Jane Byrne

Forty-Second Mayor of the City of Chicago (1979-83)

Beating out the incumbent Bilandic for the Democratic nod in February 1979, Jane Byrne stunned more than a few people. She would face Republican Wallace Johnson in the general election, winning with some 82% - the largest majority in Chicago history.1

Byrne had campaigned endlessly against machine politics, promoting her “transition report,” which contained a four year plan for Chicago reform.2 Once she actually got into office, however, she became extremely inactive. Due to this, high hopes for reform would peter out around September of 1979.

The City had fallen into a fairly dire financial crisis, and Byrne ended up turning to the machine men she had berated in the campaign. Through their influence, these men appointed committees and chairmen, and were able to restore stability.3 Alongside that debacle, Byrne began having problems with organized labor, especially the transit and teacher’s unions.

With the city running a deficit of $107 million, Byrne investigates the bookkeeping, and discovers the influence of many interests. Among the City finances, she finds specially marked funds being used for ordinary expenses, hidden deficits, and other shady practices.4 After bringing these revelations to light, she followed through with a balanced budget in 1980, ‘81, and ‘82, finishing ‘83 with a small deficit.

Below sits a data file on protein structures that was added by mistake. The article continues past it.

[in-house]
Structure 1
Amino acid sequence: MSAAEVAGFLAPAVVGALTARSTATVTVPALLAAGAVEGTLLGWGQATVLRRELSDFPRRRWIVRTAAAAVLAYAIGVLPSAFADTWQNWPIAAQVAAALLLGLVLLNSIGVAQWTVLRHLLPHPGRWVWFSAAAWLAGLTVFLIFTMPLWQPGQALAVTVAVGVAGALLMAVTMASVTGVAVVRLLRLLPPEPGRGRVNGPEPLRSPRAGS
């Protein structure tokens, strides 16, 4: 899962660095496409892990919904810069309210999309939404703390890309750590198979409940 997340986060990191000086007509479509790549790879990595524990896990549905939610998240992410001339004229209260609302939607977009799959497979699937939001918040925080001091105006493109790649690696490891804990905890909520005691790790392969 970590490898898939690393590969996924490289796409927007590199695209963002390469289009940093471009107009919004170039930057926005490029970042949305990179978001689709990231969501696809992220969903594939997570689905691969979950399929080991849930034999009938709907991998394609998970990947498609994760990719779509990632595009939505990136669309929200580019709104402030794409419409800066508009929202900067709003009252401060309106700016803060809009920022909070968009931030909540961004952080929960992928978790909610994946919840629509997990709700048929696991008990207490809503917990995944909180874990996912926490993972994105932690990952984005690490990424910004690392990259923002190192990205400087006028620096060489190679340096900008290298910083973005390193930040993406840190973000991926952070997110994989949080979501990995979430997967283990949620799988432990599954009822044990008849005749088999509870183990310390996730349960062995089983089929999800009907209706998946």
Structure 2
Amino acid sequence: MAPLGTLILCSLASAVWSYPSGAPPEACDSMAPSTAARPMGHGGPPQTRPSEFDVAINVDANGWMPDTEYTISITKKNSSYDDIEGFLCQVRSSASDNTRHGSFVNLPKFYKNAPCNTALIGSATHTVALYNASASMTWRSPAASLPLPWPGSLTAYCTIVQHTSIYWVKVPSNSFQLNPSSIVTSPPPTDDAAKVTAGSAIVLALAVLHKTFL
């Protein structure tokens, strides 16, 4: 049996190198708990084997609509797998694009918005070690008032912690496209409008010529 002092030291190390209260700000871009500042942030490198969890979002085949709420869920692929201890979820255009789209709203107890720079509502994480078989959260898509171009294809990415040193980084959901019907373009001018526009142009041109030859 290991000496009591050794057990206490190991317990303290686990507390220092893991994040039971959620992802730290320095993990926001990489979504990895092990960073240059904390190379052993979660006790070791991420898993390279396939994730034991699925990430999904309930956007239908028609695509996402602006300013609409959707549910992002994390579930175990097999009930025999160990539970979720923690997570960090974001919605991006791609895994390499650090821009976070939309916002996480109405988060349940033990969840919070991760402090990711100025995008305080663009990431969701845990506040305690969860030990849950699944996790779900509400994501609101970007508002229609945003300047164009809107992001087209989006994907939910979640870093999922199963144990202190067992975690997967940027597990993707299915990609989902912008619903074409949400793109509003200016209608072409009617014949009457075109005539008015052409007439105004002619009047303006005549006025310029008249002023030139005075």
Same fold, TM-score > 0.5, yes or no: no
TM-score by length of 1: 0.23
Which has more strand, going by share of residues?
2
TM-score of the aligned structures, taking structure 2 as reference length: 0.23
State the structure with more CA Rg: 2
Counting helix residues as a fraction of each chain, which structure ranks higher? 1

Despite these successes, the negatives in her administration always seemed to overshadow them, with some describing it as a “3 ring circus atmosphere.”5 While most Chicago mayors had risen through the ranks, Byrne was different. She was from a wealthy family, and had little trouble doing whatever it was she desired. She had received an administrative appointment by Daley and co-chairmanship of the Cook County Democratic Committee. Many people just did not know what to do with her. In the end, she simply did not fit the mold of a Chicago mayor. Byrne broke through by becoming the first female mayor, but she was not able to survive more than one term.6

  1. Holli, Melvin G. “Jane M. Byrne: To Think the Unthinkable and do the Undoable.” The Mayors - The Chicago Political Tradition. 3rd ed. Ed. Paul M. Green, Melvin G. Holli. Carbondale: Southern Illinois University Press, 2005. Pg. 168
  2. Holli, 169
  3. Holli, 170
  4. Holli, 174
  5. Holli, 176
  6. Holli, 177
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